The Minister of Information, Louise Mushikiwabo, yesterday called on government officials to play their part in availing relevant information to media practitioners as a way of fostering good governance.
Mushikiwabo made this call during the first Annual Government and Media Dialogue, a platform that seeks to strengthen partnership between the two parties.
The dialogue also aimed at ironing out the various differences that exist between media practitioners and government officials.
“We are aware that some government officials do not offer information, but I would like to assure you that access to this vital information is something we are committed to.
“Media practitioners should however build relationship, trust and comfort with these sources because it is an important aspect that will upscale government-media relationship,” Mushikiwabo added.
With reference to the Vision 2020, the minister noted that media facilitates in the realization of this significant goal by engaging citizens in the development process, a manifestation of accountability and transparency.
Quoting President Paul Kagame’s remarks, Mushikiwabo said, “Vision 2020 is not only for government, but a shared purpose for all Rwandans. Therefore, we must remind ourselves of how our work can contribute towards realizing this vision.”
“The media and journalists cannot operate out of this vision. It is a medium that empowers citizens to know what is being done by their leaders hence a tool for them (citizens) to analyse problems and engage fully in problem-solving,” Mushikiwabo added.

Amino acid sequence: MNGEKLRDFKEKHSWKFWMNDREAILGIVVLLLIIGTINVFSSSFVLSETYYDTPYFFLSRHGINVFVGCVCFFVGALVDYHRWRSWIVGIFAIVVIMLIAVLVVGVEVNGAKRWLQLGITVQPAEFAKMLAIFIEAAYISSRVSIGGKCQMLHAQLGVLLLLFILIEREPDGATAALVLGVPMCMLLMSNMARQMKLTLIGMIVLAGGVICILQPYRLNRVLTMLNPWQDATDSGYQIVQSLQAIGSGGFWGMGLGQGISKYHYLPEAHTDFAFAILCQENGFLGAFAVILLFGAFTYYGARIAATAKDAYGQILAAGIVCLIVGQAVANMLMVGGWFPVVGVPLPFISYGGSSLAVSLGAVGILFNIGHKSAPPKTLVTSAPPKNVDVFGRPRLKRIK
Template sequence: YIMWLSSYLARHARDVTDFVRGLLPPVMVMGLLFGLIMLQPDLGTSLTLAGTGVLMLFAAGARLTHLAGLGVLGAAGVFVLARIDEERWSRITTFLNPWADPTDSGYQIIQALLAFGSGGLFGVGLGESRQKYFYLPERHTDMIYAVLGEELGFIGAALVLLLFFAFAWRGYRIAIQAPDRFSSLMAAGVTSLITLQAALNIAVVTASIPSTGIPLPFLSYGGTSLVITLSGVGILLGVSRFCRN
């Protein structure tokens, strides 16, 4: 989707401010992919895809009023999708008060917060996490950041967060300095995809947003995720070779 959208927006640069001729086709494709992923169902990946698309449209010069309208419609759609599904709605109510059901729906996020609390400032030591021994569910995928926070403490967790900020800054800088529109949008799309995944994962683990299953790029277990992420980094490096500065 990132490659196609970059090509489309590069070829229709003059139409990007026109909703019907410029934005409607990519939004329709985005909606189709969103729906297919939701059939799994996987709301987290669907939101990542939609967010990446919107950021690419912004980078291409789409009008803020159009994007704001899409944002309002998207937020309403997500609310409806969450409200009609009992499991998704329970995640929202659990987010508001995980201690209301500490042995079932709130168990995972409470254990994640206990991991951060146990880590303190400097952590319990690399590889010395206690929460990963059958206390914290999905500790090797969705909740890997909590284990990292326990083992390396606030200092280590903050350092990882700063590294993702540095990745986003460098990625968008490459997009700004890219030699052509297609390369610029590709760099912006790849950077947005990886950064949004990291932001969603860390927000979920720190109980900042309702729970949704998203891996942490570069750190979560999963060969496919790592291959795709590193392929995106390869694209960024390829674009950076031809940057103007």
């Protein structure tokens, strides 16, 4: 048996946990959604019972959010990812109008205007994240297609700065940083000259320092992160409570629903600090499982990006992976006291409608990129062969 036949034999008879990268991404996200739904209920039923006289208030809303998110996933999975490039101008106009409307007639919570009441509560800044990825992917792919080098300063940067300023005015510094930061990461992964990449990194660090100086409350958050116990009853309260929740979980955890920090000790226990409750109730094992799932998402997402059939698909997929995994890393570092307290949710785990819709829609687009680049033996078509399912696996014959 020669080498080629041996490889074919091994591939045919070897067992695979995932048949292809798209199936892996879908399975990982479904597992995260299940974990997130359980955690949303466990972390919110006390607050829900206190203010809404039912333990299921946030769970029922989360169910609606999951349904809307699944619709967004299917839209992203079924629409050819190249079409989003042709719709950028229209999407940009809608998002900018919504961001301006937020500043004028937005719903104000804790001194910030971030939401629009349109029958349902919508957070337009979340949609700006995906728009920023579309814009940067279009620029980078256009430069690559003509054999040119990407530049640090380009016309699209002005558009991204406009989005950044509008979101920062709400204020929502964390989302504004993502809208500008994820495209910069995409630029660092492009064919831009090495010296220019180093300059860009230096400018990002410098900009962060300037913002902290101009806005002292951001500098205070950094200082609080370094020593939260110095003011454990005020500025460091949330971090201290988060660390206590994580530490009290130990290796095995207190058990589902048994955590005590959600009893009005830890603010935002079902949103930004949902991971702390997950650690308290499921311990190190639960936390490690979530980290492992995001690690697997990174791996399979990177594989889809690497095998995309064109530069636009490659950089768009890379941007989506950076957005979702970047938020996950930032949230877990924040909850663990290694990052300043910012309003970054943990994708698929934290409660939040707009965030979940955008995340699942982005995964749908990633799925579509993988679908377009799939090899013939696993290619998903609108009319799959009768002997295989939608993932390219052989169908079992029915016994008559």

As regards the state of media in Rwanda, the Executive Secretary in the Media High Council (MHC), Patrice Mulama, highlighted that about 73 percent (over 400) individuals in the media lack knowledge or training in journalism.
“There is an urgent need for the Ministry of Education to prioritise journalism as a way of covering the skills gap.
Many media outlets are also still doing their printing process out of the country and this is very costly thus slowing development of this profession,” he noted.
In response, the minister said that training programmes are being organized to meet the skills’ gap adding that revamping the national information office (ORINFOR) is also underway and will be complete by May 2010.
Participants also argued that some penalties in the penal code such as defamation are too heavy, citing that instead of the two-year imprisonment, guilty journalists should be fined.
Participants came from various government institutions such as Police and Ministries. Media houses present included The New Times, ORINFOR, Radio Flash, Radio Salus, The Media High Council and Amazing Grace Radio among others.